Police officers inspect the area near a church where an explosion went off in Makassar, South Sulawesi, Indonesia, Sunday, March 28, 2021. AP
Two suspected suicide bombers attacked a Catholic church in the Indonesian city of Makassar on Sunday, wounding fourteen people on the first day of the Easter Holy Week, officials said.
The congregation was concluding their mass inside the church on the island of Sulawesi when the attackers detonated at least one device outside, police said. The two suspects were the only fatalities.
"I strongly condemn this act of terrorism and I have ordered the police chief to thoroughly investigate the perpetrators' networks and tear down the networks to their roots," President Joko Widodo said in an online broadcast following the attack.
Authorities were looking into which radical networks the bombers came from and whether the attack was linked to recent arrests of suspected militants, national police spokesman Argo Yuwono said.
In January, a counter-terrorism unit raided a militant hideout in Makassar and killed two men suspected by police of involvement in twin bombings at a Philippine church in 2019 that killed more than 20 people.
Jokowi, as the president is widely known, urged people to remain calm and said everybody could worship "without fear".
Father Wilhemus Tulak, a priest at the church, told Indonesian media that a suspected bomber tried to enter the church grounds on a motorbike, but had been stopped by a security guard.
Security camera footage showed a blast that blew flame, smoke and debris into the middle of the road.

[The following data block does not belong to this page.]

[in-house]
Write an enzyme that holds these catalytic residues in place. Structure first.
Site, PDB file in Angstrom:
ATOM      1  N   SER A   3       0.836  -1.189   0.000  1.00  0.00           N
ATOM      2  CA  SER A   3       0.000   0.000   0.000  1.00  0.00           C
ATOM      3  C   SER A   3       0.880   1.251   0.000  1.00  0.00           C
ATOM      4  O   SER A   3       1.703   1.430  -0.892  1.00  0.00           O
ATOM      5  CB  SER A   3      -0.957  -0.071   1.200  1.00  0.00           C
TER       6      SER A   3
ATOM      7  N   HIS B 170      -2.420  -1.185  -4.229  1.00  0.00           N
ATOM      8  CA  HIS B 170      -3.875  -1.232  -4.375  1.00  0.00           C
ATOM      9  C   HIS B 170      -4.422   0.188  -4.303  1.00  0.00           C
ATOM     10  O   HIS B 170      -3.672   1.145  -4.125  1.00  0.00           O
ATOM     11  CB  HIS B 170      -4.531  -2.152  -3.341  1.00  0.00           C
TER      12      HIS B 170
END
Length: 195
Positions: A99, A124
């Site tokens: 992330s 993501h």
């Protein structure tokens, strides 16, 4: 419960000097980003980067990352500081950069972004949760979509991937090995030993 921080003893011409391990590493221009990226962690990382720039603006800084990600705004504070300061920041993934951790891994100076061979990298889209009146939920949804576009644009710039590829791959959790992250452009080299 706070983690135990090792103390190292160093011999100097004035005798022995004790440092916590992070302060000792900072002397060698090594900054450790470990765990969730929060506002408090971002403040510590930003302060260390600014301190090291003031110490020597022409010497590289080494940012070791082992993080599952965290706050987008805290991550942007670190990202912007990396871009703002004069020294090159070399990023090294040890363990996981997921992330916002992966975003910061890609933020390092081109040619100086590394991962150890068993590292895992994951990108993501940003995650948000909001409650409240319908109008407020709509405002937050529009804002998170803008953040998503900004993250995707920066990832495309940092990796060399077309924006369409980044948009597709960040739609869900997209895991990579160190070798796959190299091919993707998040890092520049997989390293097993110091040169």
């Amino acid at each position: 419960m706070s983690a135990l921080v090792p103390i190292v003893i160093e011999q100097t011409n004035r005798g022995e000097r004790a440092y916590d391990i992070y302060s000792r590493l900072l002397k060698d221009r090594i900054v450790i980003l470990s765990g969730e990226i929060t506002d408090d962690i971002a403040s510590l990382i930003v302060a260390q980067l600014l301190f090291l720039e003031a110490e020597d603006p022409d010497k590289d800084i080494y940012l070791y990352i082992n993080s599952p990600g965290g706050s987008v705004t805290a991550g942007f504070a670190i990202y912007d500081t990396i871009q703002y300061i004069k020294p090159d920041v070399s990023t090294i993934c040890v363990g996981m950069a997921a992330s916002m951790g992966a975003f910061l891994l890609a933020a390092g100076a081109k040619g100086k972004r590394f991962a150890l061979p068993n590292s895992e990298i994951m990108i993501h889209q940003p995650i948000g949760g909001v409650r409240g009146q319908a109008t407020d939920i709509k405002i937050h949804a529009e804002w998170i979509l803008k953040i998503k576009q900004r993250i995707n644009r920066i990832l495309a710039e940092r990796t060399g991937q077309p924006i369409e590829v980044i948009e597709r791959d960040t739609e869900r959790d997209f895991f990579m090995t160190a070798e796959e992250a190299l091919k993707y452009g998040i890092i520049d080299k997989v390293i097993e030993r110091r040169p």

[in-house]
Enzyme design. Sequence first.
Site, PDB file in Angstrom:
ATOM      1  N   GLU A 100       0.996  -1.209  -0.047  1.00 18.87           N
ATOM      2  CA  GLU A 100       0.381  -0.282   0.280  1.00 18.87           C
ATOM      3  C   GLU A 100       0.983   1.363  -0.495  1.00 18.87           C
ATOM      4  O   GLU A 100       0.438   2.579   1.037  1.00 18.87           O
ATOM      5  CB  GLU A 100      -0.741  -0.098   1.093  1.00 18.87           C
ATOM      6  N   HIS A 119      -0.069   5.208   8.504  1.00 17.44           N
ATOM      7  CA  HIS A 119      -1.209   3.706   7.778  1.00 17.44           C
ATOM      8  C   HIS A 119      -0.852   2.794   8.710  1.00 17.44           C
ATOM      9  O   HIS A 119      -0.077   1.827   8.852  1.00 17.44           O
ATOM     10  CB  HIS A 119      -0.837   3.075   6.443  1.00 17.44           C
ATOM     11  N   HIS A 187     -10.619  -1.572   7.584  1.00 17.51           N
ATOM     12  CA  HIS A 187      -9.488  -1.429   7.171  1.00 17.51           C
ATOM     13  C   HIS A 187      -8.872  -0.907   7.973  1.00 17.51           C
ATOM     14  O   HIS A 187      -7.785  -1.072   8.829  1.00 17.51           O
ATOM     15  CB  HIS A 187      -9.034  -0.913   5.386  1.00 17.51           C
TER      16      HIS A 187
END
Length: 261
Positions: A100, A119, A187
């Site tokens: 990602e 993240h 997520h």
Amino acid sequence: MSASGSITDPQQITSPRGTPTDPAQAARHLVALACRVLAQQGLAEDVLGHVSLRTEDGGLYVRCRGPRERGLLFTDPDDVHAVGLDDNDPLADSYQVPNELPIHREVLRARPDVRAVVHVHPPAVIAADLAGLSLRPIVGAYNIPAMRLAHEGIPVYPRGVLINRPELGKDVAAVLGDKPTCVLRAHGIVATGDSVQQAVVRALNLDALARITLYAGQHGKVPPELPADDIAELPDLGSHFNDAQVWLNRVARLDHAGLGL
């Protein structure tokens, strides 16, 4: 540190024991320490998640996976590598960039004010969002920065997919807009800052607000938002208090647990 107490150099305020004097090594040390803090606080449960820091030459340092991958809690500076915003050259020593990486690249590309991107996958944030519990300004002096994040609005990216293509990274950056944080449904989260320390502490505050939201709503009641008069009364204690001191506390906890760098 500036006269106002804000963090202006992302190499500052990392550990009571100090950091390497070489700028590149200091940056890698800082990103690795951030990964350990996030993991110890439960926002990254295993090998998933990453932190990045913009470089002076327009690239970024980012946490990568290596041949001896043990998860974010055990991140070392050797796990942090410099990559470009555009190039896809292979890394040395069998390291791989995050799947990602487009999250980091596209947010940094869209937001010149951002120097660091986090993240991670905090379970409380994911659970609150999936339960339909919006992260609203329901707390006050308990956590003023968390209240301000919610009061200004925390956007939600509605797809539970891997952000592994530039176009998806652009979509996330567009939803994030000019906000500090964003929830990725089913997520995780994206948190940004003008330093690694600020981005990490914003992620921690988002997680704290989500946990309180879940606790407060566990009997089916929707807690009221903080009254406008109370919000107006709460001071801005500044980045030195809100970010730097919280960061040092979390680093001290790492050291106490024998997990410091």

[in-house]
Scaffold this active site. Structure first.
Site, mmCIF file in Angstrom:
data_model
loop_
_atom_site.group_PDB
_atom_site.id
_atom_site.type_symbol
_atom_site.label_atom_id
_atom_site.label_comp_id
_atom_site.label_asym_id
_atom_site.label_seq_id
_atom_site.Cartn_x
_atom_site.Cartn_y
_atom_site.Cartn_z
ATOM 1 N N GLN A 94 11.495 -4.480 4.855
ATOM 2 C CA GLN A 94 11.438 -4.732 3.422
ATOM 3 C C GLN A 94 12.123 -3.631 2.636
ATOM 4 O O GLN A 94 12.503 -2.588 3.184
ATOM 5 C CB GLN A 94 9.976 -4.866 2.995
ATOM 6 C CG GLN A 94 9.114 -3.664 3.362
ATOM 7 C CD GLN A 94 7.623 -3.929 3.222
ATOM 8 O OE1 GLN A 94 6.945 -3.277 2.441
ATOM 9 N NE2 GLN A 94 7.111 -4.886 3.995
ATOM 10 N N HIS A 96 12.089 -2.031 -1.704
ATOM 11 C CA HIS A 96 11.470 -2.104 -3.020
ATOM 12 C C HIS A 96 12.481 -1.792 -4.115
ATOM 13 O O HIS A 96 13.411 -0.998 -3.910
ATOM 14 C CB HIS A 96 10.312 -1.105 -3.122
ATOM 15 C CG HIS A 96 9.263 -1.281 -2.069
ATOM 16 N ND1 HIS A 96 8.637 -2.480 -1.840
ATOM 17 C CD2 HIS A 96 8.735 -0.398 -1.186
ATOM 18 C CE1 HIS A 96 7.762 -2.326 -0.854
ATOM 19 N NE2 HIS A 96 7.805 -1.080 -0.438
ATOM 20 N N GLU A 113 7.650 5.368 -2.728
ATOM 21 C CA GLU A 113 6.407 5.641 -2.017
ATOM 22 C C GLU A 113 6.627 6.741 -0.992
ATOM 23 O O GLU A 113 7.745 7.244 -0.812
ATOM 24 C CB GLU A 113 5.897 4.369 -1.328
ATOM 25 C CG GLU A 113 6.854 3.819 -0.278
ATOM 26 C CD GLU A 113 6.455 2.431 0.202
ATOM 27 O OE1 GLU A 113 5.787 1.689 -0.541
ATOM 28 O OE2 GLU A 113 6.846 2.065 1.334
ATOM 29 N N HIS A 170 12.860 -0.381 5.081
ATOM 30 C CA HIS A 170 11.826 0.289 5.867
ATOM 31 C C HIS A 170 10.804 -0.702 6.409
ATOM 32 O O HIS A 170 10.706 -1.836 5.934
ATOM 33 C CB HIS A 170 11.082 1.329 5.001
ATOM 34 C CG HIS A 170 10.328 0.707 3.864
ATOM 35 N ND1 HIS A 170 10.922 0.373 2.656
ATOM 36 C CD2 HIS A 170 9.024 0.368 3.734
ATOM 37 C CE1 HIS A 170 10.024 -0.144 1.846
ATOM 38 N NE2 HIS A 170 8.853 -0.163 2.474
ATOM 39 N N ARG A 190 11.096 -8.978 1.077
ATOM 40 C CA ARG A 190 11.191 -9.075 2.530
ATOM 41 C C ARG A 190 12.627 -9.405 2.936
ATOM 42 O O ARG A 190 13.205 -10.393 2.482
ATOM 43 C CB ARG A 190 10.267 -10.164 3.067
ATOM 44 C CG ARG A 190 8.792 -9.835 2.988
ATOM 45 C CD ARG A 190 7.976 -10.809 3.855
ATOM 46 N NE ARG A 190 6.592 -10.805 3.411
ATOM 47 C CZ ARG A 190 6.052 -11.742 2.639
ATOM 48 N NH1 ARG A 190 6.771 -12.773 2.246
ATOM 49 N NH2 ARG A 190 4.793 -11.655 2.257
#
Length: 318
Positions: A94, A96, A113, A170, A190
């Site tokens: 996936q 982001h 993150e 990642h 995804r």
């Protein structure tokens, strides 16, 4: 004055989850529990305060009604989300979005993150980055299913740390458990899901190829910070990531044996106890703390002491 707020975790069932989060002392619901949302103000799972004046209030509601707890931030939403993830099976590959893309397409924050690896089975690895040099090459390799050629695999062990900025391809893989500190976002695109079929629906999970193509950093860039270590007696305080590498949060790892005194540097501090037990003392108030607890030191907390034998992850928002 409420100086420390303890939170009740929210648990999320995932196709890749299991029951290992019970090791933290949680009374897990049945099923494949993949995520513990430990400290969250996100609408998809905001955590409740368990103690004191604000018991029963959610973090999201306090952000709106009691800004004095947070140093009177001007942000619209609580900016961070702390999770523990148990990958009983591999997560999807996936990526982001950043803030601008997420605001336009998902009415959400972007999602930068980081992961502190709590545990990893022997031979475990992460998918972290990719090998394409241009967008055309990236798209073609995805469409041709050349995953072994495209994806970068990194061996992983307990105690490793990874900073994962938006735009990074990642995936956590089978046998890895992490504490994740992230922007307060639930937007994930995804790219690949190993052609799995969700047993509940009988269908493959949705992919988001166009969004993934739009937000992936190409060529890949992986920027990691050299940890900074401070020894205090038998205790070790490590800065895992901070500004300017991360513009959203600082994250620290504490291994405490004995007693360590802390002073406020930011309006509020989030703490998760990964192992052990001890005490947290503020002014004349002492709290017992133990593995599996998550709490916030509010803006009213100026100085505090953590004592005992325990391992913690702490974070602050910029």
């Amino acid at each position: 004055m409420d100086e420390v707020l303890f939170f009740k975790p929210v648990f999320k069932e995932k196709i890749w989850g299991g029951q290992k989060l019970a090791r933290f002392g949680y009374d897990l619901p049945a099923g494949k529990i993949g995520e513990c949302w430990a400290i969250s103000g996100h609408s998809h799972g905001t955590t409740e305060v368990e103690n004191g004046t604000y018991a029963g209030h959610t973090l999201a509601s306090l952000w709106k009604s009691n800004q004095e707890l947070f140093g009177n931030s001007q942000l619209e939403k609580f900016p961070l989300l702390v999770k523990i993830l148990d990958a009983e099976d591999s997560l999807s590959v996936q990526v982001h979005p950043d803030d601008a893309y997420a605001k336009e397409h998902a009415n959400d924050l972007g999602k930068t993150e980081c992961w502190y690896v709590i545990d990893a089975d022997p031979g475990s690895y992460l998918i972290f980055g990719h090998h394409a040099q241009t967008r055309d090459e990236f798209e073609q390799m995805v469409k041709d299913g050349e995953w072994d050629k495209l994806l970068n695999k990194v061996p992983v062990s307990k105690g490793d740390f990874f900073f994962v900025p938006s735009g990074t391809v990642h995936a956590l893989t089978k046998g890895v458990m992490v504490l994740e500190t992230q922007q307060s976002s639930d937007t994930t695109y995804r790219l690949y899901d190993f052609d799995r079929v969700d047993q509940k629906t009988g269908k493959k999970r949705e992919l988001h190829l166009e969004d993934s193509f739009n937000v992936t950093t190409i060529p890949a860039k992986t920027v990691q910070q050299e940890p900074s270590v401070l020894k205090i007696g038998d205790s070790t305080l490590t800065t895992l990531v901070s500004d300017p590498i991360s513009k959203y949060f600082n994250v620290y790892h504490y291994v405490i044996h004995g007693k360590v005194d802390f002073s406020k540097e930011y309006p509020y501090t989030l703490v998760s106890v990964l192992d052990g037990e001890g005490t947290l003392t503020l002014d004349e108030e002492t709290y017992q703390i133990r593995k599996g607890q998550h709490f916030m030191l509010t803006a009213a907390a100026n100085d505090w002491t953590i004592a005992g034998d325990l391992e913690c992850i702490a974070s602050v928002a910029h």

Ansyaad Mbai, former chief of the National Counterterrorism Agency, said the perpetrators were likely part of the same group responsible for a bombing in Jolo, the Philippines, in 2020.
"They want to show that they still exist and use this to propagate their group and recruit new members," he said.
Police blamed the Islamic State-inspired Jamaah Ansharut Daulah group for suicide attacks in 2018 on churches and a police post in the city of Surabaya that killed over 30 people.
Makassar, Sulawesi's biggest city, reflects the religious makeup of Indonesia, the world’s largest Muslim-majority country with a substantial Christian minority and followers of other religions.
"Whatever the motive is, this act isn't justified by any religion because it harms not just one person but others, too," Yaqut Cholil Qoumas, Indonesia's religious affairs minister, said in a statement.
Gomar Gultom, head of the Indonesian Council of Churches, described the attack as a "cruel incident" as Christians were celebrating Palm Sunday, and urged people to remain calm and trust the authorities.
Indonesia's deadliest Islamist militant attack took place on the tourist island of Bali in 2002, when bombers killed 202 people, most of them foreign tourists.
In subsequent years, security forces in Indonesia scored some major successes in tackling militancy, but more recently there has been a resurgence of militant violence.